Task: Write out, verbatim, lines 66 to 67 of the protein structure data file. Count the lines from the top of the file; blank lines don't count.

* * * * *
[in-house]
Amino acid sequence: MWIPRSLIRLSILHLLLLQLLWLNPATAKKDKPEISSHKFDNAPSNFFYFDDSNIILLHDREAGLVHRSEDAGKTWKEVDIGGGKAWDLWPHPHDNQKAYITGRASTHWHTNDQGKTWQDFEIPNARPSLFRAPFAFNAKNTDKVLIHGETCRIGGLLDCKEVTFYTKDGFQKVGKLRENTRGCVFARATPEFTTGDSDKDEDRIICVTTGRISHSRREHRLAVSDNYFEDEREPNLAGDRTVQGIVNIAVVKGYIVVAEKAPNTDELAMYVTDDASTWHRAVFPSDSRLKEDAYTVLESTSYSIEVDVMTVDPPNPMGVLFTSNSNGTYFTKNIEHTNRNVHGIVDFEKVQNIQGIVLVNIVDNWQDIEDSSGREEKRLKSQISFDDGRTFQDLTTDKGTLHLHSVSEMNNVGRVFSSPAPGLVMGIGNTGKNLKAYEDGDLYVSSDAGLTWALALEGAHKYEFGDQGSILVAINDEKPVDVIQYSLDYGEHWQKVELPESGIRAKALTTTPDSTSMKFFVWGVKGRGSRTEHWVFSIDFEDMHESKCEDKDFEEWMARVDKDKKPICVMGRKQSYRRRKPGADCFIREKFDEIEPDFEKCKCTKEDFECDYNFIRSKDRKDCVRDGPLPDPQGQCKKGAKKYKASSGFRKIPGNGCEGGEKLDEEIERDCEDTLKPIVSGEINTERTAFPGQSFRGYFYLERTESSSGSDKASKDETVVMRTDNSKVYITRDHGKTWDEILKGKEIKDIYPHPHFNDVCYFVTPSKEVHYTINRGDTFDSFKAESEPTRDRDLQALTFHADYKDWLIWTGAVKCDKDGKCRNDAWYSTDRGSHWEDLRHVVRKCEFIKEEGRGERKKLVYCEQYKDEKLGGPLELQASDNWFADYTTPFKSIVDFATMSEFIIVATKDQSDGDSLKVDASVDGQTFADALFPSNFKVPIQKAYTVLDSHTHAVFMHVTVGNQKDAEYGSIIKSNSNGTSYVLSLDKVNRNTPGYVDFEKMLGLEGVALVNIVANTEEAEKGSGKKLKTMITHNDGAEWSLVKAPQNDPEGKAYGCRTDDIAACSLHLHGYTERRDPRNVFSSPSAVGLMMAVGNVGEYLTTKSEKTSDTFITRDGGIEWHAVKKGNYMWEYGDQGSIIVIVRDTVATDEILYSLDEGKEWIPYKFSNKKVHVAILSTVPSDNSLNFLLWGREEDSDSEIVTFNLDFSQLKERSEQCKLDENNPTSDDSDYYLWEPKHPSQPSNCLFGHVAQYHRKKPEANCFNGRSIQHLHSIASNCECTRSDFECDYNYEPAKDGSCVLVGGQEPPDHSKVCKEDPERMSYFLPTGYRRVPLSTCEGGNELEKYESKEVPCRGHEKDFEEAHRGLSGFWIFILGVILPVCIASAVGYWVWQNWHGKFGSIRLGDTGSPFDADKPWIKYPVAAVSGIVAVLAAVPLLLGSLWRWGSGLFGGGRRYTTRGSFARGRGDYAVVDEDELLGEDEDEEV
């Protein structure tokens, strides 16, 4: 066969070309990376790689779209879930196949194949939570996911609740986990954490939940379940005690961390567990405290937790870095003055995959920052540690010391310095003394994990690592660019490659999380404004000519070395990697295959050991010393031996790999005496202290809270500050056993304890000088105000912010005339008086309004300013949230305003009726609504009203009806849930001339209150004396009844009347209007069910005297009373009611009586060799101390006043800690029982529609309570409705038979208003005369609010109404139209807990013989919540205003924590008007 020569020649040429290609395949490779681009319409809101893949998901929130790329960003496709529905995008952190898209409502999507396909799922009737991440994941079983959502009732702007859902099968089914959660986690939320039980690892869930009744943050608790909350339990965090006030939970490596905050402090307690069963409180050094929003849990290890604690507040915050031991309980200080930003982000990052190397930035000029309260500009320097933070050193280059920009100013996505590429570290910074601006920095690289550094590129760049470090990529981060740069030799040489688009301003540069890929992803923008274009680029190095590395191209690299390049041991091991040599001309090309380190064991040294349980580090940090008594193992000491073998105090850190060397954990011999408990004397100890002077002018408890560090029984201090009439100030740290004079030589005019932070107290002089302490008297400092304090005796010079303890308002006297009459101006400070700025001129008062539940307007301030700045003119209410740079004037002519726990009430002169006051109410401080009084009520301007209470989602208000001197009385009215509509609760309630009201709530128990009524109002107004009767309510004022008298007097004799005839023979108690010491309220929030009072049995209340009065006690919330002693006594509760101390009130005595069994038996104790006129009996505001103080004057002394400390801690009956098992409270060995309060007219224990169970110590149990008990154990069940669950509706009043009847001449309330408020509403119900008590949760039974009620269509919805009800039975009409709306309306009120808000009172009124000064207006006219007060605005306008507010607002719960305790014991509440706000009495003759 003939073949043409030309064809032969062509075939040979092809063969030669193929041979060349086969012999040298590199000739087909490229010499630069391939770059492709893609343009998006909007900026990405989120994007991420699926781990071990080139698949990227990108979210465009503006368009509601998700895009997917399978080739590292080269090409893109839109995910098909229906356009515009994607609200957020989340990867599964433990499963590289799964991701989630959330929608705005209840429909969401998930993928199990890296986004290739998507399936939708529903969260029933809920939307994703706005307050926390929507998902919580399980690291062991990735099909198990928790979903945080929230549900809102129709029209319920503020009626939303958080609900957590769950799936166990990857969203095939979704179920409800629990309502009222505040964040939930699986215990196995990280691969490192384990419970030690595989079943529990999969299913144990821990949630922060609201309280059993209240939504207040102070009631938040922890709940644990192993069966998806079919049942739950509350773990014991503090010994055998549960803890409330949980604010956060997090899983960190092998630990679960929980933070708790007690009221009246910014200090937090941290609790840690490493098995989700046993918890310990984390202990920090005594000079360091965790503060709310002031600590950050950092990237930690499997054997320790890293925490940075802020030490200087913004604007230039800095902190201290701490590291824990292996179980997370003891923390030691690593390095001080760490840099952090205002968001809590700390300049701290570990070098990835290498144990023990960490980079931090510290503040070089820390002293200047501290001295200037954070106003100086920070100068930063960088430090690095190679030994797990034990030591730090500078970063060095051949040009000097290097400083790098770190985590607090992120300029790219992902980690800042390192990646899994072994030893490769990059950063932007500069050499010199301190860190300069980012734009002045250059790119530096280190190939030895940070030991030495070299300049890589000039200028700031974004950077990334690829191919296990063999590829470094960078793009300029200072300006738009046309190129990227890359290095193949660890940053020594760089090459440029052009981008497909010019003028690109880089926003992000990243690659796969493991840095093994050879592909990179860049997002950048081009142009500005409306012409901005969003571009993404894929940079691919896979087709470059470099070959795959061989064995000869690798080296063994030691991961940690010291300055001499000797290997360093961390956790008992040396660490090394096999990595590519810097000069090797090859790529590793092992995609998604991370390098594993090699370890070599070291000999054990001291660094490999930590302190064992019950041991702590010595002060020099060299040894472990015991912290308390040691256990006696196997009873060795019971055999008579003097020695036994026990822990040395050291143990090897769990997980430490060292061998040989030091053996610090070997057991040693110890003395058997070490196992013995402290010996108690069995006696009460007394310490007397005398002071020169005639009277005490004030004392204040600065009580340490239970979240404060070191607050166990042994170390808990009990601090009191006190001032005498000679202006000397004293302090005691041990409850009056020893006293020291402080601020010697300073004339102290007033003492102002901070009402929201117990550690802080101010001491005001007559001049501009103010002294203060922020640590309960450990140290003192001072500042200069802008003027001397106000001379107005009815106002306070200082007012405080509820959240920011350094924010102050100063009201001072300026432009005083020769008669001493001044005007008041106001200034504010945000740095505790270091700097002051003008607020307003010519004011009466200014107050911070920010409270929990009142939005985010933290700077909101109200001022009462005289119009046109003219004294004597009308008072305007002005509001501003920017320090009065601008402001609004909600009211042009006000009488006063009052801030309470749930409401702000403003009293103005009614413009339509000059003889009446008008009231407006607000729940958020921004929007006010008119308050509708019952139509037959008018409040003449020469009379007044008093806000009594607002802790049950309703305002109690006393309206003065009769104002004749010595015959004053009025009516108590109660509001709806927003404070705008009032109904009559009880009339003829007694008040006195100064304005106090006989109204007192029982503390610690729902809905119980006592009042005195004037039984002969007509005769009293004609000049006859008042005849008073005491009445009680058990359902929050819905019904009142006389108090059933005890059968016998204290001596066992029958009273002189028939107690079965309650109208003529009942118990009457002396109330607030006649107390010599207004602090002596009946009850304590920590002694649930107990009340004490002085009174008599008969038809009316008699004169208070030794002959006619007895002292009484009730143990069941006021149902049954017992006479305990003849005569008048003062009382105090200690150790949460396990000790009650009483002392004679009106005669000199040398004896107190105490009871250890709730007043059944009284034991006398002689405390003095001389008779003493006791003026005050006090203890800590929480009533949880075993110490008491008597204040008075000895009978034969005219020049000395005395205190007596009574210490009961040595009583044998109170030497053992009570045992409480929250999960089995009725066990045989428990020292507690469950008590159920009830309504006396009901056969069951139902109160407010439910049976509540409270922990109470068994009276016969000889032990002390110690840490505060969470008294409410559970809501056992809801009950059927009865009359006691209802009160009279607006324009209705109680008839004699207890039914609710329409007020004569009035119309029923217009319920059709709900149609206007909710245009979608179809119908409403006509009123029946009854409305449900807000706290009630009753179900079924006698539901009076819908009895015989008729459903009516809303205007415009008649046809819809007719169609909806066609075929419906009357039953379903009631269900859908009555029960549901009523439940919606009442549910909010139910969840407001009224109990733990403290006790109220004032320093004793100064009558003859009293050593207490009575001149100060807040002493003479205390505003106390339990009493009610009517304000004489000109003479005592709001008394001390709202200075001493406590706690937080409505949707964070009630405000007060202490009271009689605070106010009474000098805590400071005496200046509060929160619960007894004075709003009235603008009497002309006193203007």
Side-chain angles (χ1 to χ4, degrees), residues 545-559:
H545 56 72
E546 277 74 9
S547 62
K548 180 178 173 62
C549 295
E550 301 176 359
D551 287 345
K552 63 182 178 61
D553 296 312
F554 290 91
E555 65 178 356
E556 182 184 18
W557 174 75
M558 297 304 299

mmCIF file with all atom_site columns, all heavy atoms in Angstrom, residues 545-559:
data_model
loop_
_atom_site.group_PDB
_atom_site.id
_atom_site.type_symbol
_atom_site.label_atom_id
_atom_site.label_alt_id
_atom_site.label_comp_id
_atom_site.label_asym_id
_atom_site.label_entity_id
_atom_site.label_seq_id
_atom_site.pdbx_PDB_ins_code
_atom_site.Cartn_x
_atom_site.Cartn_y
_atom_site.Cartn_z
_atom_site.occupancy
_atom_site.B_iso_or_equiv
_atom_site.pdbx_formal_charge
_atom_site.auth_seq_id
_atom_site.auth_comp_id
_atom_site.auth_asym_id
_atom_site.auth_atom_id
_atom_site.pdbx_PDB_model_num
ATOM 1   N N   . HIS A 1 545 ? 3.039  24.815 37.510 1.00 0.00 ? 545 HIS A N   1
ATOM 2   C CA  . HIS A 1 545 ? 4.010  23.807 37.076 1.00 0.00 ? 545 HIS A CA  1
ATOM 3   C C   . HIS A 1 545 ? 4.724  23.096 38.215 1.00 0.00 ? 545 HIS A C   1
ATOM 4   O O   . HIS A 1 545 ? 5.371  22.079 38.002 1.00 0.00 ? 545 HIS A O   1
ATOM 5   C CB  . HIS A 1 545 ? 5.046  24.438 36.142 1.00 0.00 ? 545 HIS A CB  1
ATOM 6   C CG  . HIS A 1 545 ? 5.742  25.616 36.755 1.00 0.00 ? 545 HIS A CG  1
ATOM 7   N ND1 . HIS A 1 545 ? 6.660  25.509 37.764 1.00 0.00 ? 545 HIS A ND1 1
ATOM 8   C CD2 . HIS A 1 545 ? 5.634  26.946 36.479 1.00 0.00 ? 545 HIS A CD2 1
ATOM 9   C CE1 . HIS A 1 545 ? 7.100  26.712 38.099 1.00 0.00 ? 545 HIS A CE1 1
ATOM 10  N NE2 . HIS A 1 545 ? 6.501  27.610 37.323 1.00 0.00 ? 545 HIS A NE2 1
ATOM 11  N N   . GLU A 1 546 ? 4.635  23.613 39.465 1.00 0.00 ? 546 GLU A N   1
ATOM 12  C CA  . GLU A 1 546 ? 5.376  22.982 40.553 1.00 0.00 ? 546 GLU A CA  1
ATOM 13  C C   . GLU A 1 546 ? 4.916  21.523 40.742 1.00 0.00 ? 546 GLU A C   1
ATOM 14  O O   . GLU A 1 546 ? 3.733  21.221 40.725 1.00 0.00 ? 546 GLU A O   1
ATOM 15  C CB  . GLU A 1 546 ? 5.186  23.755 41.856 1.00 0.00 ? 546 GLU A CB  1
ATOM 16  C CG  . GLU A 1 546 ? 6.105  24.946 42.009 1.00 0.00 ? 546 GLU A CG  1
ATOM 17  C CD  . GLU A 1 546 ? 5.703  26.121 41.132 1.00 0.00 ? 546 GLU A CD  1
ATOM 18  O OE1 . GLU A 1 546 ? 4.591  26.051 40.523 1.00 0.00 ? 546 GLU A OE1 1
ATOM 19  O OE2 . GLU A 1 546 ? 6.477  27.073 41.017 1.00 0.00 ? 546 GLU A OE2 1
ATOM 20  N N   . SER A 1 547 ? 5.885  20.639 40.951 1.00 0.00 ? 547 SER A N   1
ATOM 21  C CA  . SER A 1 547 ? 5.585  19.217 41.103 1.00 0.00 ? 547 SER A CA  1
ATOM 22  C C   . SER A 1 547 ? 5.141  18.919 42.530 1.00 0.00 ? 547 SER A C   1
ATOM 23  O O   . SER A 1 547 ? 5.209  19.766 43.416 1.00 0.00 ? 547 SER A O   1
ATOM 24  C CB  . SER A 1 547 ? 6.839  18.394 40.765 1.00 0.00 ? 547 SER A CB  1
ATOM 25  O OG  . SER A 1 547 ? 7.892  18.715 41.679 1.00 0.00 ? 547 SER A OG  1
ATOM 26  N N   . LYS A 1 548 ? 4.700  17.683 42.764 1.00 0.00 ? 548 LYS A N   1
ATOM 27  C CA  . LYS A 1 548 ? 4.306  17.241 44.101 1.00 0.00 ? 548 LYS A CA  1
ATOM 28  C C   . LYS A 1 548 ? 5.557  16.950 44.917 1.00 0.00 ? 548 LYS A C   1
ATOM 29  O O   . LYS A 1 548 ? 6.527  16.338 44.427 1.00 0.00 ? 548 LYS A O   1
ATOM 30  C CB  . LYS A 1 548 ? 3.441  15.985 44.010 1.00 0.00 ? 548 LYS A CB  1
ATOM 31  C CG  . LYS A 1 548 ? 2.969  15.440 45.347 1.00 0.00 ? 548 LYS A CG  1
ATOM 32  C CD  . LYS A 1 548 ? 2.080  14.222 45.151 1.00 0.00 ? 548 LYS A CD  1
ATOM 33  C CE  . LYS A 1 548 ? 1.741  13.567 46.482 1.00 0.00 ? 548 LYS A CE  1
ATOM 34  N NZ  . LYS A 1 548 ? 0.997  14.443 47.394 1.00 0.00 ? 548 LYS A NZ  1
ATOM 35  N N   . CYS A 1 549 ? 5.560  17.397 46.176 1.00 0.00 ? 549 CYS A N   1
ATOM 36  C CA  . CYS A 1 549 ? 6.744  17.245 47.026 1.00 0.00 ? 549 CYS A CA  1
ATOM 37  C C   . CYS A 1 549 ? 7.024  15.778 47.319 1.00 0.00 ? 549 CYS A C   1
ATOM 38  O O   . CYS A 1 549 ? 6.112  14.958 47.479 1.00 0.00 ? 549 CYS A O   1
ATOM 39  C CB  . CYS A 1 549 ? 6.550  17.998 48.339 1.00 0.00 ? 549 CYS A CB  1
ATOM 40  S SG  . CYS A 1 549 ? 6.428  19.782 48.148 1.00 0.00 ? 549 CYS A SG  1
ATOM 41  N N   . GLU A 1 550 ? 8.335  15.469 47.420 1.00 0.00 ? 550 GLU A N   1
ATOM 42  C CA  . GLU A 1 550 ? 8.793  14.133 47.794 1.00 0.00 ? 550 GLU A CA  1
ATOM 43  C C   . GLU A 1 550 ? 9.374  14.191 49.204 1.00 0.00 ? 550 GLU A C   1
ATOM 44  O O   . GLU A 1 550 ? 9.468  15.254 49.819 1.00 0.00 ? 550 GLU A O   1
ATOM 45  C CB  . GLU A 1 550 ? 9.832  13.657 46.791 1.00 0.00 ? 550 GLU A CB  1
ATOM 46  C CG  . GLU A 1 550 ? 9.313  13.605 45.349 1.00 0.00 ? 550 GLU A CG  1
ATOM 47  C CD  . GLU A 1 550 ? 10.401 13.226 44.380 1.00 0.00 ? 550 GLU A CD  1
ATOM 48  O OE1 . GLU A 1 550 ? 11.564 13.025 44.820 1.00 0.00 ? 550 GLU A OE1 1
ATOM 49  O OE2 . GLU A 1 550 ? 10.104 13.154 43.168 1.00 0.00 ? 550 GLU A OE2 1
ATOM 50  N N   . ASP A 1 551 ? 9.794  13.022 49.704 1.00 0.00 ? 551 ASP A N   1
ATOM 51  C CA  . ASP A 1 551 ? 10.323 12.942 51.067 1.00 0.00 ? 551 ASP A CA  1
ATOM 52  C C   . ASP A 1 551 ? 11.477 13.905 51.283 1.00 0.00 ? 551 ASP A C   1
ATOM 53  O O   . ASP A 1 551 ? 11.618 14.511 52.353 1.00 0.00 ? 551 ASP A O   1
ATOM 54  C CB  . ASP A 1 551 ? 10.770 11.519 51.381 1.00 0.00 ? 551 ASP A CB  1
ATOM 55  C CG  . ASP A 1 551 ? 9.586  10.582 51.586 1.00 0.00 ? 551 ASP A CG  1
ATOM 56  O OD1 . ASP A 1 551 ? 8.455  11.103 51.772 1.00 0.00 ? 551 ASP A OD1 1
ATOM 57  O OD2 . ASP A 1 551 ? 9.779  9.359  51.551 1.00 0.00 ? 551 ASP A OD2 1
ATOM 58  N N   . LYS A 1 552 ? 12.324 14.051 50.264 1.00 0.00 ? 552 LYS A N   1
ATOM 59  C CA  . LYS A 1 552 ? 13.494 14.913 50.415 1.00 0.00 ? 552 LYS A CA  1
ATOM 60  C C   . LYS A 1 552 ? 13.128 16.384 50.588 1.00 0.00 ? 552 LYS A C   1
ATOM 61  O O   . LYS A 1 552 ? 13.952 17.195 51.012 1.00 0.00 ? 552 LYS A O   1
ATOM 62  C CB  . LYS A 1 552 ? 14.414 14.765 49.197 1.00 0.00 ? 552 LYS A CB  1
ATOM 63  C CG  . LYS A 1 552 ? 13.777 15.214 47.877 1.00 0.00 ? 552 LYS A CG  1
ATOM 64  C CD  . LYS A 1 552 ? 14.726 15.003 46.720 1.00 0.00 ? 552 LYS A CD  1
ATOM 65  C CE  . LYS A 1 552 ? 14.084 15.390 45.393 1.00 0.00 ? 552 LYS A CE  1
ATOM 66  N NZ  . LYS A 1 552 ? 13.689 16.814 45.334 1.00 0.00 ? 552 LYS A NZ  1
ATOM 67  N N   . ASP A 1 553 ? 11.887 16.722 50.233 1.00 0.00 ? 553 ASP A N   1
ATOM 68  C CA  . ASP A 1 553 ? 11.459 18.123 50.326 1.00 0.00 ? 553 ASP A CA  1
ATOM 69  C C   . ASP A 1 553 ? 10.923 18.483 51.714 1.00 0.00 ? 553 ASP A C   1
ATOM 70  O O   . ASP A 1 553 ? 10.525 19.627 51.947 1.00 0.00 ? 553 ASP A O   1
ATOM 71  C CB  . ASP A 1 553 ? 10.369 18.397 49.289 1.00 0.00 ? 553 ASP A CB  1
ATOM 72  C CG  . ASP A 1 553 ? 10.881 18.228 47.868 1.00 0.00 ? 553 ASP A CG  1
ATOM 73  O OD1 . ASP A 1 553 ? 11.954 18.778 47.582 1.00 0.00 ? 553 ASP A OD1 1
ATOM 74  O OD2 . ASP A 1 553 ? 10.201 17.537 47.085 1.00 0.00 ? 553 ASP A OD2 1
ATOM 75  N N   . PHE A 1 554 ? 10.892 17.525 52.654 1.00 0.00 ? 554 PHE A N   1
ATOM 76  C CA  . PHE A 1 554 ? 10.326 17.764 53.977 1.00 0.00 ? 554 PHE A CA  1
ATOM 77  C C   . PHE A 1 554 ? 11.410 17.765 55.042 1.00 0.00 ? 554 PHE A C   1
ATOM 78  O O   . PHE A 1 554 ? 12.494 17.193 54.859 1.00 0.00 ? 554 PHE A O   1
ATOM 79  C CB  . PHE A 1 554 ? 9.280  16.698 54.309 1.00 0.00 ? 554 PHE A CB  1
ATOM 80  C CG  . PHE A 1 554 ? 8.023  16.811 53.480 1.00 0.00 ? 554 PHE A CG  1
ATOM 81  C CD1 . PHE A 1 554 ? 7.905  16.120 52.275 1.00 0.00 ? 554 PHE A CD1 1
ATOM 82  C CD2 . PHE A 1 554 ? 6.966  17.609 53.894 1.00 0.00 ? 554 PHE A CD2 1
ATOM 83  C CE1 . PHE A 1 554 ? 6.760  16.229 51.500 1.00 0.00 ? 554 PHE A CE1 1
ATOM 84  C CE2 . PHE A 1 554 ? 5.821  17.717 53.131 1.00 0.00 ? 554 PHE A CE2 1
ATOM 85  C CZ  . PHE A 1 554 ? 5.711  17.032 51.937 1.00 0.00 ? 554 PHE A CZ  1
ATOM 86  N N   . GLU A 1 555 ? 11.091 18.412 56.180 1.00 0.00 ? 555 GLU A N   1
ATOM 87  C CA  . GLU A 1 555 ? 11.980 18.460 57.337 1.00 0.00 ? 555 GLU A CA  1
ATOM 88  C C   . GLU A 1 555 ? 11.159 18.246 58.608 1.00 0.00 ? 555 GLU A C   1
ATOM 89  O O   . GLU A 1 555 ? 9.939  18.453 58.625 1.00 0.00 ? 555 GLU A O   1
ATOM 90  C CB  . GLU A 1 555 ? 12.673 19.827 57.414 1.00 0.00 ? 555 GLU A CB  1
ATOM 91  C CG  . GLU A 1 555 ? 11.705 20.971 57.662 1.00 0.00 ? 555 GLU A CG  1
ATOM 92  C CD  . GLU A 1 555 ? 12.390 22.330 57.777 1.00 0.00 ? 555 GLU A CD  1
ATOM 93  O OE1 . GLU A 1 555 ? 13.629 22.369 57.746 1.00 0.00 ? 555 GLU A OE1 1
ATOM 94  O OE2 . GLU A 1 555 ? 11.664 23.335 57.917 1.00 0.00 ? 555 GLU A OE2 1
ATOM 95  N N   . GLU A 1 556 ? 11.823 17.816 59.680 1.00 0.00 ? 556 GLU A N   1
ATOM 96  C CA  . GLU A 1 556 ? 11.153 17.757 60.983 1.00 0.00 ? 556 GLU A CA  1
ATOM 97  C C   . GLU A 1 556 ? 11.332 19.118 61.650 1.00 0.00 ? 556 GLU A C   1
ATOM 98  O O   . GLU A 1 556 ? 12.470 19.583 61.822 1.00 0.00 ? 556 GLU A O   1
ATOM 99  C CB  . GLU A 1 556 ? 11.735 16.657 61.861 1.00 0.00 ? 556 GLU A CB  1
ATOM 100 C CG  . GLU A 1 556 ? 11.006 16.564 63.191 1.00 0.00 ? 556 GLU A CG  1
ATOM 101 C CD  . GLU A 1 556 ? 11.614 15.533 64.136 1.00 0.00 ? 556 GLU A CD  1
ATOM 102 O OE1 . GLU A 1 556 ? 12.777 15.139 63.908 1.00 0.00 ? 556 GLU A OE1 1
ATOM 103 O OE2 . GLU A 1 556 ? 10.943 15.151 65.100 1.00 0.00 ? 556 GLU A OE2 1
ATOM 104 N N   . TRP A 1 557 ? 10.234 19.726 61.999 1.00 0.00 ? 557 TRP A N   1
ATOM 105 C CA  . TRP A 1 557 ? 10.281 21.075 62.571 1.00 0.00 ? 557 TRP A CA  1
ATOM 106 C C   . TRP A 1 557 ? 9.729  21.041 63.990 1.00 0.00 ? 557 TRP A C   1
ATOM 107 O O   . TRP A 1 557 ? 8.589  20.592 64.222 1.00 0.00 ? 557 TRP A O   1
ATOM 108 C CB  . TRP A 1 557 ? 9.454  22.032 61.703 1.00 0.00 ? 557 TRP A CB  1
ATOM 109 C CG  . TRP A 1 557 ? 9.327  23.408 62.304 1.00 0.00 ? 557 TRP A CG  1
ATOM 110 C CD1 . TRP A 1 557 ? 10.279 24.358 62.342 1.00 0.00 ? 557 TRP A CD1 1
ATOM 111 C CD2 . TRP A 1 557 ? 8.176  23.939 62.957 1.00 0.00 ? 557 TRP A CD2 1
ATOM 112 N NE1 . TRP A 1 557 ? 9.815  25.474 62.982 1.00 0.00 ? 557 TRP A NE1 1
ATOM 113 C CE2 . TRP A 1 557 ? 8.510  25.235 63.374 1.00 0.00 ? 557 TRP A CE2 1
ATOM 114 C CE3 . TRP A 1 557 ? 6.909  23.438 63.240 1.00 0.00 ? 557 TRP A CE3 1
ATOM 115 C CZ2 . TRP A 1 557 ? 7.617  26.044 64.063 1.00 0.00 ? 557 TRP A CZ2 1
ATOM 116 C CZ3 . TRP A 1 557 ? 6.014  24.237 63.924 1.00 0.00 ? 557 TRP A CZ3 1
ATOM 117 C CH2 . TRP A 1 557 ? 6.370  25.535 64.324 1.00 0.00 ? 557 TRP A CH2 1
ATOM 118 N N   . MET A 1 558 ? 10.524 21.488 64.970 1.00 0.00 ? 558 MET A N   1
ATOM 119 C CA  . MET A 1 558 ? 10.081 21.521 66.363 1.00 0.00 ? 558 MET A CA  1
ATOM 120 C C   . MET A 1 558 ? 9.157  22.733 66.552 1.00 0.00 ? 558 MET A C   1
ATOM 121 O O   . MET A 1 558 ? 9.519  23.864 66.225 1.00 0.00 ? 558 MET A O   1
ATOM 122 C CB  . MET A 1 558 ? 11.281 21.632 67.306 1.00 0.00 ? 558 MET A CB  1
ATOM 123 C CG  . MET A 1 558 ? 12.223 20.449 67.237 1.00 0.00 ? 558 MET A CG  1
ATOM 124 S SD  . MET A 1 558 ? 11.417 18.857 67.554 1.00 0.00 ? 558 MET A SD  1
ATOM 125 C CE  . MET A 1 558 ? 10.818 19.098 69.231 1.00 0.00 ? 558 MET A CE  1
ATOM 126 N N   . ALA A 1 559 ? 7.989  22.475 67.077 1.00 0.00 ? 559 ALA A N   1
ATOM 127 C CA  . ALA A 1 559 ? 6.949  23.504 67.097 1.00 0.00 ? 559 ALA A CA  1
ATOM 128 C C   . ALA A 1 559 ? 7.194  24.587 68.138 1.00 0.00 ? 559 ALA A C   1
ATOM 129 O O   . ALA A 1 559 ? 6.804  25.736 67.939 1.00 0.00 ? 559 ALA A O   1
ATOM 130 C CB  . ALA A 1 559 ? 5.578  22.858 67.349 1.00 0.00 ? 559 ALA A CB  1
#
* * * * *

ATOM 24  C CB  . SER A 1 547 ? 6.839  18.394 40.765 1.00 0.00 ? 547 SER A CB  1
ATOM 25  O OG  . SER A 1 547 ? 7.892  18.715 41.679 1.00 0.00 ? 547 SER A OG  1